A Preston businesswoman is set to be named as Lancashire’s next high sheriff.
Ann Jordan is now High Sheriff in nomination for Lancashire and will take up the role following a ceremony at County Hall on April 18.
The mum-of-two, from Fulwood, will replace Preston businessman Jeremy Gorick and said she was ‘delighted’ to be chosen for the role.
She said: “I think the important thing clearly is to continue the good work Jeremy has been doing throughout the year and also to do as much community work as possible.
“Education, business and community work will be my main focus points.”
The origins of the office of high sheriff go back to Saxon times in the middle of the 10th Century, when the role was to maintain law and order and collect taxes for the monarchy.
In the past high sheriffs had many of the powers now held by Lord Lieutenants, High Court judges and magistrates, local authorities and coroners.
A new high sheriff is chosen annually in a meeting of the Privy Council and it is the custom for the Queen to prick the appointee’s name with a bodkin - a type of needle.
There are 55 high sheriffs serving in England and Wales.
Mrs Jordan’s formal duties will include attending any royal visits in the county and supporting High Court judges on duty in Lancashire.
The former St Ignatius Catholic School pupil is the director of a family business - a chain of builders merchants - and a founder and investor in a public relations company, Benetimo PR and Marketing.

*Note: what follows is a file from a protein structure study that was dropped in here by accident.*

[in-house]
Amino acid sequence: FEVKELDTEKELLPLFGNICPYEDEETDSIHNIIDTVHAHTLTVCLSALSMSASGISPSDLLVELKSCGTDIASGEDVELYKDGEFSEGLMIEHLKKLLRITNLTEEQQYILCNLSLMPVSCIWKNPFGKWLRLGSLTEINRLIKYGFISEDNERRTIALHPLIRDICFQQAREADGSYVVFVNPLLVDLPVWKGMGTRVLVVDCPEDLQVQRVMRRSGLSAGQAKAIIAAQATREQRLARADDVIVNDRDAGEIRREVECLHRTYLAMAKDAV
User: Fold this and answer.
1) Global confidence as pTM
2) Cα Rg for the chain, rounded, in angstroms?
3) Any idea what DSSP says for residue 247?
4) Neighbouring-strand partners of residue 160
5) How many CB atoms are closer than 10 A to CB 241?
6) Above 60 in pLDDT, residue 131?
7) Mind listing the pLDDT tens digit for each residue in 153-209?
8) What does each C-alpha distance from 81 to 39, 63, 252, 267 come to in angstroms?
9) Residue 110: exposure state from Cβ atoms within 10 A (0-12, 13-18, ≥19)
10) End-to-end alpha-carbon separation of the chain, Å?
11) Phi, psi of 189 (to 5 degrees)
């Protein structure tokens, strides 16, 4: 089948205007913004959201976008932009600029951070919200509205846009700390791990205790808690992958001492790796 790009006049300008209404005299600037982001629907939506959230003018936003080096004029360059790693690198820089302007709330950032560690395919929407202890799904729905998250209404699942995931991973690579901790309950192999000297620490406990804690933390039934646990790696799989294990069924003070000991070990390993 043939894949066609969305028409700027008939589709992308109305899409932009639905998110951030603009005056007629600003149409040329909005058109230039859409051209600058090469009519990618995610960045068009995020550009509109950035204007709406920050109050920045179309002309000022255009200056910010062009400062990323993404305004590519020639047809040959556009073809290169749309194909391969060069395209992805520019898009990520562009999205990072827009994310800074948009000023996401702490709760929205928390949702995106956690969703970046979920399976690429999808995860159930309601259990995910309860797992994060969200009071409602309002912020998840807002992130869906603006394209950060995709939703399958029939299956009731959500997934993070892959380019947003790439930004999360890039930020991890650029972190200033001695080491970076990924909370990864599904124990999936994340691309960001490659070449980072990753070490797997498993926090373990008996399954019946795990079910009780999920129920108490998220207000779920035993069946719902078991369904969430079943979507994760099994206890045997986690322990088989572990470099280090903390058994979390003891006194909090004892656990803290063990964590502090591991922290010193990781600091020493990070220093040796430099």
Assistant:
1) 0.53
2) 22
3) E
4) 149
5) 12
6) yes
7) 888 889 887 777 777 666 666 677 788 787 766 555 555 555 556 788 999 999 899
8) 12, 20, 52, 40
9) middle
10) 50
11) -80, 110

Mrs Jordan is also a non-executive director of the Institute of Directors.
She said: “My name was put forward to Lord Shuttleworth, who is the Lord Lieutenant of Lancashire, and he then put my name forward.
“Generally you are aware you have been invited about two years prior, but of course you have to wait for the Queen to approve your name.”
Mr Gorick, a dad-of-two, also from Fulwood, said he had enjoyed the role.
He said: “It has been a superb 12 months. I focused particularly on raising money for Rosemere Cancer Foundation and we also ran a youth employment conference.
“I think youth unemployment is a massive issue and the great benefit of being the High Sheriff of Lancashire is you can get through doors that wouldn’t usually be open.
“A lot of people look at this job and they say ‘does it really matter?’ or ‘what does it mean?’ but the truth is it means a lot to the people you meet and those you can help.”